Synopses & Reviews
From award-winning author Michael Scammell comes a monumental achievement: the first authorized biography of Arthur Koestler, one of the most influential and controversial intellectuals of the twentieth century. Over a decade in the making, and based on new research and full access to its subjects papers, Koestler is the definitive account of this fascinating and polarizing figure. Though best known as the creator of the classic anti-Communist novel Darkness at Noon
, Koestler is here revealed as much more — a man whose personal life was as astonishing as his literary accomplishments.
Koestler portrays the anguished youth of a boy raised in Budapest by a possessive and mercurial mother and an erratic father, marked for life by a forced operation performed without anesthesia when he was five, growing up feeling unloved and unprotected. Here is the young man whose experience of anti-Semitism and devotion to Zionism provoked him to move to Palestine; the foreign correspondent who risked his life from the North Pole to Franco's Spain, where he was imprisoned and sentenced to death; the committed Communist for whom the brutal truth of Stalin's show trials inspired the superb and angry novel that became an instant classic in 1940. Scammell also provides new details of Koestlers amazing World War II adventures, including his escape from occupied France by joining the Foreign Legion and his bluffing his way illegally to England, where his controversial novel Arrival and Departure, published in 1943, was the first to portray Hitlers Final Solution.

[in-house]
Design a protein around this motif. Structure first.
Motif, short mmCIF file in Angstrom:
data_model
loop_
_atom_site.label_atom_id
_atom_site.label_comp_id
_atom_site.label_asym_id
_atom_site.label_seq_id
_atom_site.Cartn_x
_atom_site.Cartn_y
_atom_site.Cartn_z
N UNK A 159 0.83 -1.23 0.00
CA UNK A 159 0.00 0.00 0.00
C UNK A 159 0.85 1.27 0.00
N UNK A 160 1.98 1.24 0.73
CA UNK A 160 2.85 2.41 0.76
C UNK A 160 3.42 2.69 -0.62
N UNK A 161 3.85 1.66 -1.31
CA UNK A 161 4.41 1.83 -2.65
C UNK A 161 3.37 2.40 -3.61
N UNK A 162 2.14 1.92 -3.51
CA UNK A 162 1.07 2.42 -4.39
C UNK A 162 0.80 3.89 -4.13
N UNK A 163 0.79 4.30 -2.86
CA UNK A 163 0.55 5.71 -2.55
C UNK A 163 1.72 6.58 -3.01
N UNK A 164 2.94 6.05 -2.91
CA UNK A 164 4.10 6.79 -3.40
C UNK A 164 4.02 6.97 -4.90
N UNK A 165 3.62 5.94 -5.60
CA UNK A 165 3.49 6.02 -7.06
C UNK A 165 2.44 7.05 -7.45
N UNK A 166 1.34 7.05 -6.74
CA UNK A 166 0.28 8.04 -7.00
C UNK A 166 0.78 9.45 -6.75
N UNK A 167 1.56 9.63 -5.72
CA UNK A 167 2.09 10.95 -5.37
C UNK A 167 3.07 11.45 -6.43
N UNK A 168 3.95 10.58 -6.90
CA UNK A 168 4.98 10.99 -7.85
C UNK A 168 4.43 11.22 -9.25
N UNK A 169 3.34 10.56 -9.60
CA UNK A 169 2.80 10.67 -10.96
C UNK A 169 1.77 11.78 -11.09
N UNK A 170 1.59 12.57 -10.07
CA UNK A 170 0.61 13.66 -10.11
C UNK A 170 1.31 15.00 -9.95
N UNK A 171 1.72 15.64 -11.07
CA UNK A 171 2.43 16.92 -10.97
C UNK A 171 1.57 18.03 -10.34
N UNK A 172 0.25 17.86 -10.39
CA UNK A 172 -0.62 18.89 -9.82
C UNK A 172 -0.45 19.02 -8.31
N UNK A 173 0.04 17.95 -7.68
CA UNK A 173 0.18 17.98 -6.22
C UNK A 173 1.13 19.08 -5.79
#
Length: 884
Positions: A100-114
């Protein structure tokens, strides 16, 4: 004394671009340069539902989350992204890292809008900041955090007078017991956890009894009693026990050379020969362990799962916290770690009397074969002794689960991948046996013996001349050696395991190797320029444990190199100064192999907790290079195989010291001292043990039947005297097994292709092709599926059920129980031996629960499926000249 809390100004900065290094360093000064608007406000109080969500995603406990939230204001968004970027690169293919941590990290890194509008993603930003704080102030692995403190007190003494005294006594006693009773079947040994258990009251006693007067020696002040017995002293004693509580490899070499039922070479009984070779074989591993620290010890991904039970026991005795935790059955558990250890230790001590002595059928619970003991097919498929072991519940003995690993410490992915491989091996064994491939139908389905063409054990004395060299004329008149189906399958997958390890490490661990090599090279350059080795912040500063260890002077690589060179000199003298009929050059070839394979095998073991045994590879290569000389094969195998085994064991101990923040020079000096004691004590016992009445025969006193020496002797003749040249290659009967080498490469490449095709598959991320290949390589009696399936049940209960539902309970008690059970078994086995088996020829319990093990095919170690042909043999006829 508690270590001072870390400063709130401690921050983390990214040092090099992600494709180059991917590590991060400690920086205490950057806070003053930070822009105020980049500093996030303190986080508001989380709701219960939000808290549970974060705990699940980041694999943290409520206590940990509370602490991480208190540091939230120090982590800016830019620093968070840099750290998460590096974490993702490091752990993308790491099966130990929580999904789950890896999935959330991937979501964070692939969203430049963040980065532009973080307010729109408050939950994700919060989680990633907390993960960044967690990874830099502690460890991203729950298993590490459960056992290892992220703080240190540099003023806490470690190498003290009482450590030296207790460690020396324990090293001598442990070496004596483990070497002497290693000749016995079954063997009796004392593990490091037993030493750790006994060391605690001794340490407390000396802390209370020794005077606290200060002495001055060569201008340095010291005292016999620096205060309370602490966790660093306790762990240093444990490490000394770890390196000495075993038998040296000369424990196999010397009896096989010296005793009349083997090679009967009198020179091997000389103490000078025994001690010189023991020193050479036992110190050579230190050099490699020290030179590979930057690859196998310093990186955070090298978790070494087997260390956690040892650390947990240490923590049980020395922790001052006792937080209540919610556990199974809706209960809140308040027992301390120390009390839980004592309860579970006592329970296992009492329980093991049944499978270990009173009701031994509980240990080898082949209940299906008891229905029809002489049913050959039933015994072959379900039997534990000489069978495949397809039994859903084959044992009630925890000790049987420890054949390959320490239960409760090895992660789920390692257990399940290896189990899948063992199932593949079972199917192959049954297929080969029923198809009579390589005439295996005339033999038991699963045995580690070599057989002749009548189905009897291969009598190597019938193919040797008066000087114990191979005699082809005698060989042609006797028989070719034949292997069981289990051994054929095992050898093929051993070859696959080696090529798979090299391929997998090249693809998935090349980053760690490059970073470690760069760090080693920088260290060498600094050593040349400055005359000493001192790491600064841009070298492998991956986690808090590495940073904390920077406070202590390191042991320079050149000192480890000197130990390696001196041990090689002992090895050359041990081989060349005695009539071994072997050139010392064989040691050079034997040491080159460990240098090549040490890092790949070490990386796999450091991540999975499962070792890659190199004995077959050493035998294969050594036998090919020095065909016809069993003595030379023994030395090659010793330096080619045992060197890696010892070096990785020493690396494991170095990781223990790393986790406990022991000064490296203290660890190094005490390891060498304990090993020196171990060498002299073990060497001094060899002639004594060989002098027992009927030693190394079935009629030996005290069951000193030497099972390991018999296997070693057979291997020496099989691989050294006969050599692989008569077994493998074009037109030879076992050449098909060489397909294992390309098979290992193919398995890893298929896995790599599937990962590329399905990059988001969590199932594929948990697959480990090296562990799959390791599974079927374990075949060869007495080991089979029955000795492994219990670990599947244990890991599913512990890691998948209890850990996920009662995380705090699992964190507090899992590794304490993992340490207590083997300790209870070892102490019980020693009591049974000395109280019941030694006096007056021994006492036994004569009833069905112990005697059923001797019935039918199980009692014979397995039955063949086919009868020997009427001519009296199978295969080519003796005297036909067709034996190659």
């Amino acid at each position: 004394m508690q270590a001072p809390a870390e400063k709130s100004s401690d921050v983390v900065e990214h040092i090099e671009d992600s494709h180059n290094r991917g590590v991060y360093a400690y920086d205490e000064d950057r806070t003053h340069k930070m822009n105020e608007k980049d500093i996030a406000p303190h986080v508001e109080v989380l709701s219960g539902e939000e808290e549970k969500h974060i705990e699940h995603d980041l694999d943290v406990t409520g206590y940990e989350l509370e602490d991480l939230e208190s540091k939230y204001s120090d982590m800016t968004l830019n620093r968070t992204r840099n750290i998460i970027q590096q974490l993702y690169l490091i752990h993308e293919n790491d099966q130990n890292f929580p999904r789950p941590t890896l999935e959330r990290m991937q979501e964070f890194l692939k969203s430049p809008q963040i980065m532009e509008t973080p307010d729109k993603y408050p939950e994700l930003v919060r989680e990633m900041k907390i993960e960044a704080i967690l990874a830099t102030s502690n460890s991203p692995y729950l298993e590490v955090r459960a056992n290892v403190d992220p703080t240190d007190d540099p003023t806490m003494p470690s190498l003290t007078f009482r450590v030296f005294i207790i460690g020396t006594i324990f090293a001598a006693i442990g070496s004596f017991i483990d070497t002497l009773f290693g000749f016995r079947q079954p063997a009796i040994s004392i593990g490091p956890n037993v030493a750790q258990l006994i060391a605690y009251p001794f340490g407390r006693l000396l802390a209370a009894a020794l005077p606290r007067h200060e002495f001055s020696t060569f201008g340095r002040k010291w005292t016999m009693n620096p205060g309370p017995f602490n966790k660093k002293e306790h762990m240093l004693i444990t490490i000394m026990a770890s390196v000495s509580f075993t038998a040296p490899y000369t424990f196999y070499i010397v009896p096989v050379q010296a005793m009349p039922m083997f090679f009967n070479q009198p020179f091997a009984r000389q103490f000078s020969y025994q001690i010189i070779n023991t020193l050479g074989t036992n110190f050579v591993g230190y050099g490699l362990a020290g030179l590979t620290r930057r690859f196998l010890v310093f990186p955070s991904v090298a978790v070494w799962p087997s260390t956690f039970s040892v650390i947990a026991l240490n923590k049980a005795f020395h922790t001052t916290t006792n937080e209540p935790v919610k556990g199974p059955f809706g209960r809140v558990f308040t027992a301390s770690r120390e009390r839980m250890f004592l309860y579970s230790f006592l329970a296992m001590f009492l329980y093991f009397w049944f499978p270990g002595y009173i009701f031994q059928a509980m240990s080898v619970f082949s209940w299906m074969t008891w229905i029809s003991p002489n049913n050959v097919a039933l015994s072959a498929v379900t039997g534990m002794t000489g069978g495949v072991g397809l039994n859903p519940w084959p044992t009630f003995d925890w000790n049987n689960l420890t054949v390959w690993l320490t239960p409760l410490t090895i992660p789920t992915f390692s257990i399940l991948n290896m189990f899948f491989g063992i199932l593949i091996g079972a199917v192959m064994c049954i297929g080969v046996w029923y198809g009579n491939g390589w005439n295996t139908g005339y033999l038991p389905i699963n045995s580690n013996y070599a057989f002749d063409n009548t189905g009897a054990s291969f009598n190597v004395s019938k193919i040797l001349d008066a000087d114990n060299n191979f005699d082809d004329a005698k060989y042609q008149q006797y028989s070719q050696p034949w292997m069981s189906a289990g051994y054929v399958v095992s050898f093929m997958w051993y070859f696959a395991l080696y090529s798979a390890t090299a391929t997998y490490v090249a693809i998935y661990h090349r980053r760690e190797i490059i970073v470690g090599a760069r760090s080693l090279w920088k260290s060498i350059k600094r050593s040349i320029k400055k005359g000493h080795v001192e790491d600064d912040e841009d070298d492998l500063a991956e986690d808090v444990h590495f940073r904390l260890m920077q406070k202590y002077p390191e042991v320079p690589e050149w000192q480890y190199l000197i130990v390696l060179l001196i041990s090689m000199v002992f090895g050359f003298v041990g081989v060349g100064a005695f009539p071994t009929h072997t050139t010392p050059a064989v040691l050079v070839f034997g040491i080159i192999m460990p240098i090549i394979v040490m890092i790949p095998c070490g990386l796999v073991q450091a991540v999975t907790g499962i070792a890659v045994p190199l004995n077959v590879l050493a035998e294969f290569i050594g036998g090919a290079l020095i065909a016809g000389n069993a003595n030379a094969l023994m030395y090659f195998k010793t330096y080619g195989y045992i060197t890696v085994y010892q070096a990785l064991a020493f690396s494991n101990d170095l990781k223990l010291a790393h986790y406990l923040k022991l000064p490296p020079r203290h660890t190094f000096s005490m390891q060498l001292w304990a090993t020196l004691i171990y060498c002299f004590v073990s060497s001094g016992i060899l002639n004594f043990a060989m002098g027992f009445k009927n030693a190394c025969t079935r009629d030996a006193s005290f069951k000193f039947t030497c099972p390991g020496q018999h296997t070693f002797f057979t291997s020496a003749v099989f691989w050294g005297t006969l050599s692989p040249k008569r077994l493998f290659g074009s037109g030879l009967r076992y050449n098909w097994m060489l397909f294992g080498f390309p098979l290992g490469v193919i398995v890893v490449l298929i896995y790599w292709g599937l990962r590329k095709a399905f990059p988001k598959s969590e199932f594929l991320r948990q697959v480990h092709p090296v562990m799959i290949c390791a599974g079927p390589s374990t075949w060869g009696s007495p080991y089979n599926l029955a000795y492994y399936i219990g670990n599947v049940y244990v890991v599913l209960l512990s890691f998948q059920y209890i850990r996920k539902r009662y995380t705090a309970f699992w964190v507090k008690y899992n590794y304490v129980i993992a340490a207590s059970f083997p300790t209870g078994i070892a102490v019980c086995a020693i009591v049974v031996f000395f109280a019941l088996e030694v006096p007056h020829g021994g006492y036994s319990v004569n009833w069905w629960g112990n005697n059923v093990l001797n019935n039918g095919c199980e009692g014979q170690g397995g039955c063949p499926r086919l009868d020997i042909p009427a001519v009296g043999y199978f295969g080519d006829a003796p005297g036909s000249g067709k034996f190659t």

Without sentimentality, Scammell explores Koestlers turbulent private life: his drug use, his manic depression, the frenetic womanizing that doomed his three marriages and led to an accusation of rape that posthumously tainted his reputation, and his startling suicide while fatally ill in 1983 — an act shared by his healthy third wife, Cynthia — rendered unforgettably as part of his dark and disturbing legacy.
Featuring cameos of famous friends and colleagues including Langston Hughes, George Orwell, and Albert Camus, Koestler gives a full account of the authors voluminous writings, making the case that the autobiographies and essays are fit to stand beside Darkness at Noon as works of lasting literary value. Koestler adds up to an indelible portrait of this brilliant, unpredictable, and talented writer, once memorably described as "one third blackguard, one third lunatic, and one third genius."
"The protean Arthur Koestler (1905 1983) seemed to be at the periphery of great events and movements, from Zionism to the forked world of the cold war. Scammell, author of an award-winning biography of Alexander Solzhenitsyn, views Koestler with balanced patience in this somewhat overlong but definitive biography. A manic-depressive with a Napoleonic complex, Koestler relished feuds with fellow intellectuals such as B.F. Skinner and Isaiah Berlin. He rubbed elbows with Camus, Sartre, Beauvoir and Orwell. Gide, as Scammell points out, stung with his observation that Koestler was better off sticking to journalism. In fact, the last 20 years of Koestler's life were devoted to such flakiness as ESP and levitation. Koestler's dilettantish range of interests is so broad, it's difficult for the biographer to get his hands on his slippery subject. Even after his most successful novels, Darkness at Noon and Thieves in the Night, Koestler never let up. Yet his flip-flops on Zionism and his oddly passive reaction to the Soviet rule of his native Hungary might leave one pondering Koestler's legacy in our vastly different 21st century. 16 pages of photos." Publishers Weekly (Copyright Reed Business Information, Inc.)